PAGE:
UK & World News
Gove Accused Of 'Lunacy' In Free Schools Row
Michael Gove has been accused of stripping £400m from a fund for extra school places in order to plug a financial "black hole" in his free schools programme in a move described as "nothing short of lunacy".
A senior Government source also accused the Education Secretary of being willing to see children struggle for a classroom place so the department can "lavish" money on the free school "experiment".
The attack is the latest coalition spat with the Department for Education at the heart of it.
Deputy Prime Minister Nick Clegg was earlier this week accused of "lying" over how plans to provide free school meals for infant school pupils would be funded.
The senior Government source said: "Michael Gove is so ideologically obsessed with his free school experiment, he's willing to see children struggle to get suitable school places.
"Everybody knows there's real pressure on school places at the moment. It is nothing short of lunacy to slash the amount of money available for new school places to lavish on free schools.
"Michael Gove was warned by the schools minister David Laws that this was a bad idea but the zealot pressed on anyway.
"The Conservatives are putting the needs of a handful of their pet-projects ahead of the requirements of the other 24,000 schools in the country."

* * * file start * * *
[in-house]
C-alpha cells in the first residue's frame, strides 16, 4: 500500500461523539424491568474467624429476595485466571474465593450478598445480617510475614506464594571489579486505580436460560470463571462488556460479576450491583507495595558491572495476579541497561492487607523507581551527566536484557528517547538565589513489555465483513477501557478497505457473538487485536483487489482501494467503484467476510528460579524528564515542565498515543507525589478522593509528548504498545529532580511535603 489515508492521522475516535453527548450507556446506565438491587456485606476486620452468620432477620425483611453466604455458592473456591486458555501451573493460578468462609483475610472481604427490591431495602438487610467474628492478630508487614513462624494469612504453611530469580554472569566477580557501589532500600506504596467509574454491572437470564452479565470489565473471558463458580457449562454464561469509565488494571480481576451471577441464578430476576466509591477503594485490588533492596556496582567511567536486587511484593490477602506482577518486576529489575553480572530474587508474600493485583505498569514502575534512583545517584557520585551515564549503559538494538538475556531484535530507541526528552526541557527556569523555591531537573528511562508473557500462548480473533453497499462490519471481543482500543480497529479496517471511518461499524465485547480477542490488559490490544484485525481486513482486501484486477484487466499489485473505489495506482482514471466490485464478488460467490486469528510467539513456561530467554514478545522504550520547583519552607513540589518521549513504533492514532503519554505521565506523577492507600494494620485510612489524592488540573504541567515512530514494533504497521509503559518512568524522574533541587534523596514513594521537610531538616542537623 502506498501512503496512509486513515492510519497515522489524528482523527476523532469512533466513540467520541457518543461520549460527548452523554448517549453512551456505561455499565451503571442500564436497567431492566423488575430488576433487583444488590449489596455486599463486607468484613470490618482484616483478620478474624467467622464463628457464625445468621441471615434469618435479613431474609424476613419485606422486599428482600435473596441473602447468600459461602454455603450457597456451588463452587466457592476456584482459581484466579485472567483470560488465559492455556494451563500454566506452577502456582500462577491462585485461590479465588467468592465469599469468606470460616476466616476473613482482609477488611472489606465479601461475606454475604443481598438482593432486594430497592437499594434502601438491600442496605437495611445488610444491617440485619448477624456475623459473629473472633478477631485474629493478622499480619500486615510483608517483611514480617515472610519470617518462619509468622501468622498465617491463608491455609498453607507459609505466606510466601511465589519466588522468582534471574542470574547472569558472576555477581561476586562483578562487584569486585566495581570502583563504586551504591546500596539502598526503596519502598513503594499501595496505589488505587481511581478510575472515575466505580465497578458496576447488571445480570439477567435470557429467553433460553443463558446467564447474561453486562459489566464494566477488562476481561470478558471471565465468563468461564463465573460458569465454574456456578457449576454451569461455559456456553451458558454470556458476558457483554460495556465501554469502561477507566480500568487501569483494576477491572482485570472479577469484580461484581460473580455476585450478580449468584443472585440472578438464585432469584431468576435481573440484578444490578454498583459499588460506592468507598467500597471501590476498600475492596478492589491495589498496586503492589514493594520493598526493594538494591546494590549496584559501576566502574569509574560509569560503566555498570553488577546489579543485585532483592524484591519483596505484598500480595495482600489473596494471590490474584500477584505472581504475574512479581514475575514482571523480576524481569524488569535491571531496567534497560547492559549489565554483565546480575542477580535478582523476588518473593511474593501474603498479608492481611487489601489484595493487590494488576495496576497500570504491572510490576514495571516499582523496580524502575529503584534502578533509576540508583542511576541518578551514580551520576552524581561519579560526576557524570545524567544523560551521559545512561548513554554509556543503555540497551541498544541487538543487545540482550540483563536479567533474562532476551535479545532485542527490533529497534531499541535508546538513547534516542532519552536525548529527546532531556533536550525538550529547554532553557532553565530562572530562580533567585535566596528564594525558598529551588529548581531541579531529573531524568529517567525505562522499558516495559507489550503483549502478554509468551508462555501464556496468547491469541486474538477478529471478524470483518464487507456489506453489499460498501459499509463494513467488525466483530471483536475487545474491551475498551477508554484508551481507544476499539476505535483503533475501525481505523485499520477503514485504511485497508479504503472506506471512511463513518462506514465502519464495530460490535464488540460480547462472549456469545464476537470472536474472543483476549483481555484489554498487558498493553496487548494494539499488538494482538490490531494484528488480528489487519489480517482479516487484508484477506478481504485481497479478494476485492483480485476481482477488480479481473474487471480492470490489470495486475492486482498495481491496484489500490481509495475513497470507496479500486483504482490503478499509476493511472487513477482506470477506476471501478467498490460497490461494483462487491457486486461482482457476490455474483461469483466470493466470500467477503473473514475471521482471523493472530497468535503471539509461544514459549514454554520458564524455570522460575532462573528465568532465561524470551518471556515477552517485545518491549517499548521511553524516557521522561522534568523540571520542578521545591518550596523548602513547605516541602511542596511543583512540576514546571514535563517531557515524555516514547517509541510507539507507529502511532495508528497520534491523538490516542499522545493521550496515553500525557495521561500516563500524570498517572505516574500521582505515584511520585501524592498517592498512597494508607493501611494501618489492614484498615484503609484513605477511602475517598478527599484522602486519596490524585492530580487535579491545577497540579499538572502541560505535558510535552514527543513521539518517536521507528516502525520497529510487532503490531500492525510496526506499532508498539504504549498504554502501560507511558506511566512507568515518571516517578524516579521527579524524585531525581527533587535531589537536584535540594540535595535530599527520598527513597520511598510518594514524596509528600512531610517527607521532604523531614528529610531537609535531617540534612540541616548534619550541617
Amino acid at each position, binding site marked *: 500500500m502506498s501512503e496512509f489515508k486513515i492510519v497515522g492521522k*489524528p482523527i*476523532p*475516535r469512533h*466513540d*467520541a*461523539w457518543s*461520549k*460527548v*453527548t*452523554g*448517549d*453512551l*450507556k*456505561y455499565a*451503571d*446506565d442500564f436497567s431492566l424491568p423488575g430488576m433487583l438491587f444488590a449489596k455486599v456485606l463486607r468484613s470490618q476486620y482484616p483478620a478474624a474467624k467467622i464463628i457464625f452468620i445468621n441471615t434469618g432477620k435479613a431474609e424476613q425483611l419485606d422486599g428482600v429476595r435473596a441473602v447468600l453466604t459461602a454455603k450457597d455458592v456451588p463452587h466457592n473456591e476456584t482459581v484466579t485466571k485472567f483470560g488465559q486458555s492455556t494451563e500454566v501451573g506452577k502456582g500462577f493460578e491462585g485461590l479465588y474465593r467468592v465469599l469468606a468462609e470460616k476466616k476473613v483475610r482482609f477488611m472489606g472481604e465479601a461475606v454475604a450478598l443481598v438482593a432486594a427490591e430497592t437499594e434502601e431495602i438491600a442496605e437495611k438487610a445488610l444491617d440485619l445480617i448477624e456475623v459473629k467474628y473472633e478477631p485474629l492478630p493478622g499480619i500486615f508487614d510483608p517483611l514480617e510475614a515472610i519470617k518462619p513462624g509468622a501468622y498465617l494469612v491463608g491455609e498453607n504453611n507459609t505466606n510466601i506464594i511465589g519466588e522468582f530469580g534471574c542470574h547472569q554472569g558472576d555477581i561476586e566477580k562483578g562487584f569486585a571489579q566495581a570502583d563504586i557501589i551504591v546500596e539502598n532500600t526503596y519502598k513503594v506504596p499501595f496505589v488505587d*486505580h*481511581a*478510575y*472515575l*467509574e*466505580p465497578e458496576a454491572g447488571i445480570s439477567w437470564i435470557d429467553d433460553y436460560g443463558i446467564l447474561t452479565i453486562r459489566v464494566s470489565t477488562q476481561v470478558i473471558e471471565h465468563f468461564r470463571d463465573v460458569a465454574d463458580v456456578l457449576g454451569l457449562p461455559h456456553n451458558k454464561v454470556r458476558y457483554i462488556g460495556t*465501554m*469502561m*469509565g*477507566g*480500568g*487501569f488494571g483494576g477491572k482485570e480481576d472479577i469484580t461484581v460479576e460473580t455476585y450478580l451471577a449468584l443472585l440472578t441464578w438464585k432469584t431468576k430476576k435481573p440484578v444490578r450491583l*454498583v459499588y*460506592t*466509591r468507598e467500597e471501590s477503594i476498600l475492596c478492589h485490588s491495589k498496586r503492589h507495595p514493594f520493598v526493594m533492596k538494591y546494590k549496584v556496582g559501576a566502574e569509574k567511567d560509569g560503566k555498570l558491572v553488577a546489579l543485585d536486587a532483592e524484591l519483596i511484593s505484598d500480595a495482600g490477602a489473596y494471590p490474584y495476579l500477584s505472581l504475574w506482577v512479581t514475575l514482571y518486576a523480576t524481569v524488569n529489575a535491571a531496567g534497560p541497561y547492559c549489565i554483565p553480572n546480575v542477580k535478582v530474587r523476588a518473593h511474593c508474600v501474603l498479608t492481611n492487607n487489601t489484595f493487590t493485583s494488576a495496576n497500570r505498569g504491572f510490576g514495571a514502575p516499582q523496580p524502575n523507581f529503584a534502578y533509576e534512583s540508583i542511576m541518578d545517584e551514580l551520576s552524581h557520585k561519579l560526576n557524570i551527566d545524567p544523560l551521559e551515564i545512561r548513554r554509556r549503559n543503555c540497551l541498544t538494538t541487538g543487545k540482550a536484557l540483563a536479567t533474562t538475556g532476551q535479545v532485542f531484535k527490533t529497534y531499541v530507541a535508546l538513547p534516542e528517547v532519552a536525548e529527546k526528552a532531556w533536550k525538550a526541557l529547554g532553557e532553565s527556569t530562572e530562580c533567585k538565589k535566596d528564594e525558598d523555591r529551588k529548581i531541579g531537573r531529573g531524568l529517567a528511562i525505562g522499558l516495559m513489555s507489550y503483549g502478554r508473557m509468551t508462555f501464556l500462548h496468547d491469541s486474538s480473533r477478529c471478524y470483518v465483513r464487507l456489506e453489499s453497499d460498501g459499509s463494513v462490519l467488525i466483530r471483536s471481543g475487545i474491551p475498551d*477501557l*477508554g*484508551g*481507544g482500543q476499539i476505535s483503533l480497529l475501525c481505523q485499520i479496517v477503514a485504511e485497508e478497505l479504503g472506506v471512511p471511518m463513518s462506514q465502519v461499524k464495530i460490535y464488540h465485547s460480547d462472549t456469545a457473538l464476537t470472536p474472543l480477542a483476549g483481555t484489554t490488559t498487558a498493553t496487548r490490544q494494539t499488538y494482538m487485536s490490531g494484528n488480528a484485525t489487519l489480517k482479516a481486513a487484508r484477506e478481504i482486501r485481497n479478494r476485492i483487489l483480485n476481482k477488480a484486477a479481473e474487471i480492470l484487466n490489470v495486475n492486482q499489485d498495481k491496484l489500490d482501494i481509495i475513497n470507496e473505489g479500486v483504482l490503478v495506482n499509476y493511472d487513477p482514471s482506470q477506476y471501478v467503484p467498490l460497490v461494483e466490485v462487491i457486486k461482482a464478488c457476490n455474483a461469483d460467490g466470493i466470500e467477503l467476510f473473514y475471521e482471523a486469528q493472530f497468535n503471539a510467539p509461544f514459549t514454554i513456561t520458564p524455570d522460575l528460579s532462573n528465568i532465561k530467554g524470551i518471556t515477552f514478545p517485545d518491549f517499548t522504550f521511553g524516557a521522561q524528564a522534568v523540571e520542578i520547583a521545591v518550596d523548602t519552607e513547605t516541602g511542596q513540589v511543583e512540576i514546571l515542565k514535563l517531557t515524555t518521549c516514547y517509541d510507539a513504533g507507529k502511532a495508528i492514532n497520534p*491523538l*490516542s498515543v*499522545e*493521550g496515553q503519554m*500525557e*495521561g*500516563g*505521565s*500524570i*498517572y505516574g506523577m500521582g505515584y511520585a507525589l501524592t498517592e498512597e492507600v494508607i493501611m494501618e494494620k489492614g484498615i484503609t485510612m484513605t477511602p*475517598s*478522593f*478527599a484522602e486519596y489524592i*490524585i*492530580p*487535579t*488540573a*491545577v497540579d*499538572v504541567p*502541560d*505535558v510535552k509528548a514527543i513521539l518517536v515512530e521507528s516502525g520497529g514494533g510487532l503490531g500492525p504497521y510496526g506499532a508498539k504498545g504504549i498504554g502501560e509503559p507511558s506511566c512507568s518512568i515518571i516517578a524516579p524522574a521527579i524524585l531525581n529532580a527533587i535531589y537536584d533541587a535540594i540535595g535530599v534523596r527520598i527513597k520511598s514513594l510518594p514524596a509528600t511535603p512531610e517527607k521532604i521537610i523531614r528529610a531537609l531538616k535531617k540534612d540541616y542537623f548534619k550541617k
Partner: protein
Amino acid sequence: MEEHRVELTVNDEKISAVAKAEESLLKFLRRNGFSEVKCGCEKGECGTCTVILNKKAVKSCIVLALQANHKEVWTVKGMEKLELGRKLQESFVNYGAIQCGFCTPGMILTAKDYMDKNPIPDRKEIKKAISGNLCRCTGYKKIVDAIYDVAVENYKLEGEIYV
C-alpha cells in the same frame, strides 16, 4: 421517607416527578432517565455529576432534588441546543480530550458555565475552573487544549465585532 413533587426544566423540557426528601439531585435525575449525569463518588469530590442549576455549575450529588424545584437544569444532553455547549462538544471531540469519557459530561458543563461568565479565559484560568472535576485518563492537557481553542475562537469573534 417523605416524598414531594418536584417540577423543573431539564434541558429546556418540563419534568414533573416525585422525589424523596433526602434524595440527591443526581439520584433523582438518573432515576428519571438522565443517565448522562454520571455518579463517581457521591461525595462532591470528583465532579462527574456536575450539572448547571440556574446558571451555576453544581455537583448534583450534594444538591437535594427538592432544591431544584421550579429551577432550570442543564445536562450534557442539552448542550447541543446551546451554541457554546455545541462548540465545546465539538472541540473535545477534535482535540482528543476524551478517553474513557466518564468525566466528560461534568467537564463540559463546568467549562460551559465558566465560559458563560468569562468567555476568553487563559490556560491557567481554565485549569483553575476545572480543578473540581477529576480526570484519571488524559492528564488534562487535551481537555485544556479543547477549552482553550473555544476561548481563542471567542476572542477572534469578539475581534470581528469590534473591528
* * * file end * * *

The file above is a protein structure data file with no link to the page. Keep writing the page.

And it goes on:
The source claims Mr Gove reduced the basic need allocation by £400m - enough to provide around 30,000 new school places - to £2.35bn between 2015 and 2017 to help fund an overspend in the free schools budget of around £800m between 2013 and 2016, the source said.
A spokesman for Mr Gove said: "The suggestion we are cutting money for new places in areas of need to pay for free schools where they are not needed is totally wrong.
"These claims pretend that money spent in free schools is not creating new places in areas of need. That is simply not true.
"From 2015, funding to councils for new school places will rise by more than £200m a year. On top of this, investment in free schools will provide tens of thousands of new places in areas of need.
"Indeed the vast majority of free schools - more than seven in 10 - are in areas with a shortage of places."
David Cameron responded to the allegations by telling Sky News: "What the government is doing is putting £5bn in this parliament into expanding the number of school places.
"Part of that is investing in free schools, most of which in the primary schools are in areas of high need, and they are providing good new school places for people inside the state sector.
"I think you should judge the government on its results in education. We are seeing real progress."
Former schools minister Nick Gibb told Sky News: "This is a legacy from the previous government not having put those plans in place to provide new schools."
Shadow education secretary Tristram Hunt said: "The free school programme had the Lib Dem stamp of approval from day one. They're as much to blame for the failings as the Tories."